The dynamic that undermined some deed restrictions also allowed people who might have qualified for affordable housing projects during the boom to buy at free-market prices during the recession.
In the first quarter of 2007, the median single-family home price in Routt County was $625,000. That number hit a low of $380,000 in the second quarter of 2011 and has been hovering in the low to mid $400,000 range during 2012.
"It's been a good market for first-time homebuyers the last few years," said Cindy MacGray, a broker with Prudential Steamboat Realty. Although financing has been more work, she said, most of her clients have been able to get into a home in their price ranges.
But inventory is starting to shrink outside of the luxury market. Multiple listing service information shows that the number of listings in Routt County is on the decline. The sell-through rate for homes — calculated by taking the amount of housing units sold in a month and dividing it by the total number of housing units listed — has been above 2 percent since August 2012, a positive sign for the market. If the rate stays above 2.5 percent for more than a year, it's typically a sign that residential construction could start to return. Stan Urban, of Land Title Guarantee Co., still put the time frame for a rebound in new construction at five years out. A combination of lot prices and lending practices could delay the industry's revival, Urban said.
MacGray said she's heard conflicting accounts of how much shadow inventory — homes that have owners who are waiting for the market to improve before listing them — there is in the lower price ranges. There could be few willing to sell even at higher prices.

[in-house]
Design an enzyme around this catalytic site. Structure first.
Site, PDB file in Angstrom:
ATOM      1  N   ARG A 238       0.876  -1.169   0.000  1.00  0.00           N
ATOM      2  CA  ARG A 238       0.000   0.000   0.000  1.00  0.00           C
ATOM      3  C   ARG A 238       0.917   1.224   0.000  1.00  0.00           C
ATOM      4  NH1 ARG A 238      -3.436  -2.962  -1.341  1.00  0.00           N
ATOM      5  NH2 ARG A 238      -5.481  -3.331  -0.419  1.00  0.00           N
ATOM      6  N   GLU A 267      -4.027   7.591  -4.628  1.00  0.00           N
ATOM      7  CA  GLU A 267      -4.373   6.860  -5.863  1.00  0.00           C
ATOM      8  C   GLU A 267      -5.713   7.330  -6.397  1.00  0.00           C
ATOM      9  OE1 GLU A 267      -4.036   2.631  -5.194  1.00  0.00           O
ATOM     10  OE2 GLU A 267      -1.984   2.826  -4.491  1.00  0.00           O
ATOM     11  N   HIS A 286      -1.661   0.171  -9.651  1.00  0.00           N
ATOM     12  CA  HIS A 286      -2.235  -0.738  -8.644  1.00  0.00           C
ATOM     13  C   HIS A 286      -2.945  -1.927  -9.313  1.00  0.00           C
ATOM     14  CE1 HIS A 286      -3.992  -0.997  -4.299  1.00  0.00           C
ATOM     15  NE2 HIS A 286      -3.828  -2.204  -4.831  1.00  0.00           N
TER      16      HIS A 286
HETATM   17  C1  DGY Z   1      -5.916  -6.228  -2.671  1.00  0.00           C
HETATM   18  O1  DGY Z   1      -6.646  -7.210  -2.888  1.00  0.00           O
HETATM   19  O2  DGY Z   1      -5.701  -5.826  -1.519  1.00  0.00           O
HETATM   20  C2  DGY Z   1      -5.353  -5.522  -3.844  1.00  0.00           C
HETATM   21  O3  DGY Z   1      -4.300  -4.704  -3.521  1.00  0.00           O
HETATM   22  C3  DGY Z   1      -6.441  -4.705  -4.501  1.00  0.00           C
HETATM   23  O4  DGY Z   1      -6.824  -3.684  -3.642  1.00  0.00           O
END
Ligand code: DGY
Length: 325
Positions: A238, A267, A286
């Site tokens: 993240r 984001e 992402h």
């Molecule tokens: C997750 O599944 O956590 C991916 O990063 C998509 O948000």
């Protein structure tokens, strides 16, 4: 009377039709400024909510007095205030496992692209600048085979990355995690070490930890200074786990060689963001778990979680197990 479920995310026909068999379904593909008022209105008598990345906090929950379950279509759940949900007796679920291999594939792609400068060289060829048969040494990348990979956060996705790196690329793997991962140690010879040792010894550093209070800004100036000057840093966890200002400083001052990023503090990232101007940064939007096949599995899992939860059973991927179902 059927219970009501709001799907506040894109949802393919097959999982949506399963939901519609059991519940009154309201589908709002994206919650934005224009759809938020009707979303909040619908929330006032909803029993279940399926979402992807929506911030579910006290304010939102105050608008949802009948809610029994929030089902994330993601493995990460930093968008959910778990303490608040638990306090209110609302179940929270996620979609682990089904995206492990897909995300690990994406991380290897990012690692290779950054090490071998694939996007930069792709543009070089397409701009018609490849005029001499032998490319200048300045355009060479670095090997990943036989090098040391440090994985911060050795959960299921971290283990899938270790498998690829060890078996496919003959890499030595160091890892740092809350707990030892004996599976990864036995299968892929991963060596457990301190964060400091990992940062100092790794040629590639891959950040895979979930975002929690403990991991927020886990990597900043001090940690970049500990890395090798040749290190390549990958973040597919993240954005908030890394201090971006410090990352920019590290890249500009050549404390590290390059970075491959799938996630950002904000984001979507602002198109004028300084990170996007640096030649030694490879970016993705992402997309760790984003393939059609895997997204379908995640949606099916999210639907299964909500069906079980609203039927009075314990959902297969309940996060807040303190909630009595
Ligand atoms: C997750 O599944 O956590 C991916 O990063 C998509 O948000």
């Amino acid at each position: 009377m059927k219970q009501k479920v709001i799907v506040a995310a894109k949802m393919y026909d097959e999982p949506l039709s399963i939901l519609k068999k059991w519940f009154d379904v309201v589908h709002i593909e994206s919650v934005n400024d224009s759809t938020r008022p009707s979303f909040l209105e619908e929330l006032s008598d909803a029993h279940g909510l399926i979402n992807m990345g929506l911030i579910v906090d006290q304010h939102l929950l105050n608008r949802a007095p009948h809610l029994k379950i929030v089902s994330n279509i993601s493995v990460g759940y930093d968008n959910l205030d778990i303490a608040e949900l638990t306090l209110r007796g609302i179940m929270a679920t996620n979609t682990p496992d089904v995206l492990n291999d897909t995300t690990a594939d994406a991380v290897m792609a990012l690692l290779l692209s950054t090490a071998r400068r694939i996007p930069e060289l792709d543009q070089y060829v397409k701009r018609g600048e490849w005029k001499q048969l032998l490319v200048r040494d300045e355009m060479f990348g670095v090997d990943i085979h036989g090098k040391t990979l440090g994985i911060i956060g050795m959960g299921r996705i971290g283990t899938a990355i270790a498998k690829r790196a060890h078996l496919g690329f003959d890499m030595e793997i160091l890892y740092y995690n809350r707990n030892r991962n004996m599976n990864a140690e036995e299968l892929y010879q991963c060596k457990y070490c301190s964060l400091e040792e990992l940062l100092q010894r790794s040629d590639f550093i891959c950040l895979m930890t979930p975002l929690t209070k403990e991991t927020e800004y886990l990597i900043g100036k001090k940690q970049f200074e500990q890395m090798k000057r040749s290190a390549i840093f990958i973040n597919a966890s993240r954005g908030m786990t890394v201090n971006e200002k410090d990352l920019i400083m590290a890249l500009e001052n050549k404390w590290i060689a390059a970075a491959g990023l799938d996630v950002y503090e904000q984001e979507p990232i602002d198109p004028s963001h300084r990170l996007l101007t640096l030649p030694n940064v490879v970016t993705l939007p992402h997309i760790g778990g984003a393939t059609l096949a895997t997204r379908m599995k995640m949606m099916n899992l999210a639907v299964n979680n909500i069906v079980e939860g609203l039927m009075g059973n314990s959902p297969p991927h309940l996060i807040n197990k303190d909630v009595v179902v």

A shift to renting
Although ownership makes up a greater percentage of occupied housing in Routt County, its role in affordable housing is uncertain. There's been a shift in mountain resort communities toward looking for more rental housing for members of the workforce, according to Rees.
The approach toward home ownership will be conservative for the immediate future, Rees said, as more people are choosing to remain renters.
Of all the occupied homes in Routt County, about one-third are filled by renters, according to Census data. Of the roughly 3,000 renters in the county, more than half spend more than 30 percent (the standard of affordability) of their income on housing.
"What this community really needs is affordable rentals," said Mary Alice Page-Allen, who was a Routt County planner and then executive director of the Yampa Valley Housing Authority before becoming town administrator of Oak Creek in January 2012.